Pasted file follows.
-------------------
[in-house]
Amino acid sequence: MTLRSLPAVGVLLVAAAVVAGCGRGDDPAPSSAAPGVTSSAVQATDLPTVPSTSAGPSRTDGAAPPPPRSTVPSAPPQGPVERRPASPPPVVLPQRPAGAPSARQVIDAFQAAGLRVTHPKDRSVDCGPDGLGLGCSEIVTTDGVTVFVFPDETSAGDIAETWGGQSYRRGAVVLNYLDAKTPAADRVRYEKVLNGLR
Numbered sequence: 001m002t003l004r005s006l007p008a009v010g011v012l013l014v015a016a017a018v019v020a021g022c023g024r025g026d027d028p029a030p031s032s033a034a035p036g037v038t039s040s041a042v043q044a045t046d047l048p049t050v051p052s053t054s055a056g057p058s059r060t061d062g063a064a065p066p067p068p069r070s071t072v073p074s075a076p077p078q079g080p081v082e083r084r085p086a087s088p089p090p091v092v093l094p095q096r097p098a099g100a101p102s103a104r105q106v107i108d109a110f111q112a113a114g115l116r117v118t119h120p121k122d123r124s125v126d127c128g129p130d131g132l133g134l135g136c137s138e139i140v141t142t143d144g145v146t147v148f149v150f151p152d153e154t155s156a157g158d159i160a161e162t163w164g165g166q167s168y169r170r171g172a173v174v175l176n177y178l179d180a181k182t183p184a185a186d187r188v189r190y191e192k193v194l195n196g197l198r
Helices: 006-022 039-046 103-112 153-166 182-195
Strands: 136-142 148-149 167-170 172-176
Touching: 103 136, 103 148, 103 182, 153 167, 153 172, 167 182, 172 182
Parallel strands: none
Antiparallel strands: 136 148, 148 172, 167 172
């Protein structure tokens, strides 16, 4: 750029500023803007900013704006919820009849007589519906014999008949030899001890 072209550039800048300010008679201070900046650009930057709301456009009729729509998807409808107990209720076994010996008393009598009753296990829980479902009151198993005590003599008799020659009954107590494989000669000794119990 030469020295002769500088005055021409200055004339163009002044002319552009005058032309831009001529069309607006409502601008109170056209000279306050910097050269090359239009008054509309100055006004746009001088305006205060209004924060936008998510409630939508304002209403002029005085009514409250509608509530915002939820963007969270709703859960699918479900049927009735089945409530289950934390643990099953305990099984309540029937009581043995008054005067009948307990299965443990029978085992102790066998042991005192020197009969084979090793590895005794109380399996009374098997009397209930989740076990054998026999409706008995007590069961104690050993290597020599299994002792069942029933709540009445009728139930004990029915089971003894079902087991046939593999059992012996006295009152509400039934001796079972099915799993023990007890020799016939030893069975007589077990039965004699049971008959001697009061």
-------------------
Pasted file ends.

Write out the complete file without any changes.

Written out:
[in-house]
Amino acid sequence: MTLRSLPAVGVLLVAAAVVAGCGRGDDPAPSSAAPGVTSSAVQATDLPTVPSTSAGPSRTDGAAPPPPRSTVPSAPPQGPVERRPASPPPVVLPQRPAGAPSARQVIDAFQAAGLRVTHPKDRSVDCGPDGLGLGCSEIVTTDGVTVFVFPDETSAGDIAETWGGQSYRRGAVVLNYLDAKTPAADRVRYEKVLNGLR
Numbered sequence: 001m002t003l004r005s006l007p008a009v010g011v012l013l014v015a016a017a018v019v020a021g022c023g024r025g026d027d028p029a030p031s032s033a034a035p036g037v038t039s040s041a042v043q044a045t046d047l048p049t050v051p052s053t054s055a056g057p058s059r060t061d062g063a064a065p066p067p068p069r070s071t072v073p074s075a076p077p078q079g080p081v082e083r084r085p086a087s088p089p090p091v092v093l094p095q096r097p098a099g100a101p102s103a104r105q106v107i108d109a110f111q112a113a114g115l116r117v118t119h120p121k122d123r124s125v126d127c128g129p130d131g132l133g134l135g136c137s138e139i140v141t142t143d144g145v146t147v148f149v150f151p152d153e154t155s156a157g158d159i160a161e162t163w164g165g166q167s168y169r170r171g172a173v174v175l176n177y178l179d180a181k182t183p184a185a186d187r188v189r190y191e192k193v194l195n196g197l198r
Helices: 006-022 039-046 103-112 153-166 182-195
Strands: 136-142 148-149 167-170 172-176
Touching: 103 136, 103 148, 103 182, 153 167, 153 172, 167 182, 172 182
Parallel strands: none
Antiparallel strands: 136 148, 148 172, 167 172
């Protein structure tokens, strides 16, 4: 750029500023803007900013704006919820009849007589519906014999008949030899001890 072209550039800048300010008679201070900046650009930057709301456009009729729509998807409808107990209720076994010996008393009598009753296990829980479902009151198993005590003599008799020659009954107590494989000669000794119990 030469020295002769500088005055021409200055004339163009002044002319552009005058032309831009001529069309607006409502601008109170056209000279306050910097050269090359239009008054509309100055006004746009001088305006205060209004924060936008998510409630939508304002209403002029005085009514409250509608509530915002939820963007969270709703859960699918479900049927009735089945409530289950934390643990099953305990099984309540029937009581043995008054005067009948307990299965443990029978085992102790066998042991005192020197009969084979090793590895005794109380399996009374098997009397209930989740076990054998026999409706008995007590069961104690050993290597020599299994002792069942029933709540009445009728139930004990029915089971003894079902087991046939593999059992012996006295009152509400039934001796079972099915799993023990007890020799016939030893069975007589077990039965004699049971008959001697009061």